What can a garbage can tell you about placemaking?
This June, the Town of Salisbury, Massachusetts launched an ambitious program to improve and activate their beach center. They brought in a carousel, reclaimed a lane of traffic to create more space for pedestrians, installed a parklet, and set up programs like free outdoor movies -- but it might be Salisbury’s garbage cans that best show how this community came together to take ownership of their public spaces. As visitors walk through the area, they are greeted by more than 60 garbage cans decorated by local artists with mini murals; a statement that colorfully shows how excited locals are to engage in a collaborative experiment to imagine what their town can be.
Salisbury, Massachusetts has the classic story of a New England town, incorporated in 1640 and historically powered by boat manufacturing and trade facilitated by northern railway lines. Salisbury’s beachfront soon emerged as a regional highlight, rich with a mixture of carnival traditions, its famous “beach pizza,” and old New England charm. However, in recent years, the town’s Beach Center was losing ground as a destination. After successfully securing funds to construct a boardwalk along the beach, Salisbury began the process of siting a new comfort station to accommodate summertime beachgoers. But as possible locations were discussed, the conversation expanded. With assistance from PPS, locals began re-imagining the entire beach center, which consists of two commercial blocks with a large center esplanade. The area had all the ingredients of a great urban space; the dimensions were ideal for walking and social activities, and the surrounding restaurants and amusements added life and energy to the space, day and night. But still, the space lacked the range of activities and inviting environment that would transform it into a true destination.
Over the course of a year, PPS explored a range of strategies with the town and local partners. PPS proposed a plan for better place governance, tasking a newly formed working group with continued conversation about shared goals and approaches to managing the new space. Stakeholders, ranging from the Salisbury Beach Partnership, to local staff working in senior services, to environmental conservationists and entrepreneurs, hoped to extend the “feel” of the beachfront further into town. This vision of greeting visitors with a welcoming atmosphere as soon as they step foot into the beach center became the central goal of the working group.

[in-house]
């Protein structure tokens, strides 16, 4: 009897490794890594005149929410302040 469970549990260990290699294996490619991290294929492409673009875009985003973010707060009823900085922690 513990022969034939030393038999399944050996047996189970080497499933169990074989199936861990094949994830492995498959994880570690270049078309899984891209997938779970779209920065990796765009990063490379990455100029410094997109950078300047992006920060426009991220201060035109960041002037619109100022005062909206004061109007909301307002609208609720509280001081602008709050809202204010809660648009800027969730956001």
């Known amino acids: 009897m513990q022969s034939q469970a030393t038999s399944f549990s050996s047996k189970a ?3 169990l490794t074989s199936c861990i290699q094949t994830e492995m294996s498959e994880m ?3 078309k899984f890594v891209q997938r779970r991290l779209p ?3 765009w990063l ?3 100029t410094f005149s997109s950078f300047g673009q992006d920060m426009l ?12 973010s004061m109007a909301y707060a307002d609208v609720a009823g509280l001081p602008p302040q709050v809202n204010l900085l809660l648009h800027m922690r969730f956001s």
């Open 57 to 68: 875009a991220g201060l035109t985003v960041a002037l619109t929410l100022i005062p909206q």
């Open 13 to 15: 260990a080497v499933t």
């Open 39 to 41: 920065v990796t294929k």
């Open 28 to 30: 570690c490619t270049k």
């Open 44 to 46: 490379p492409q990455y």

Creating this “off-beach oasis” began with some recommendations from PPS, including a lawn area with synthetic turf, Adirondack chairs, string lights, and giant building blocks. Some of the recommendations that arose were aimed at experimenting with “Lighter, Quicker, Cheaper” options like a mini “parklet” with spaces for eating and socializing instead of parking spaces. The working group was also able to see the streets in the town center as more than just a corridor for cars. Focusing on streets as places led to the idea of converting one of the street’s travel lanes to a pedestrian area, enhanced with planters and benches for the enjoyment and safety of summertime visitors.
One of the most striking elements of the transformation was the installation of a classic carousel in the beach center, hearkening back to the earlier days of Salisbury’s fame as a destination for summer vacation. The result is a great example of PPS’ concept of the Power of 10 in action; together all of these elements create an appealing place where everyone has a range of activities from which to choose. Now even on formerly quiet weeknights, families can be seen strolling the beach center again with ice cream cones in hand, or playing a game of cornhole on the lawn.
With this transformation, Salisbury has shifted a sometimes contentious debate about the location of a new comfort station into a broader and more productive conversation about the life of the entire beach center. It all started with community members asking each other a simple question: What do you want to do here?
As more and more people experience Salisbury’s new atmosphere, the dialogue has only just begun for residents. Working with PPS, the town is evaluating all the changes they’ve made. Lessons learned from this ongoing experiment will inform more permanent capital improvements to the beach center in the near future. By contributing their time, passion, and creativity to the beach center, and fostering a new vision of what streets can be, community members are finding lasting solutions and uncovering vibrant new spaces that have been hiding in plain sight.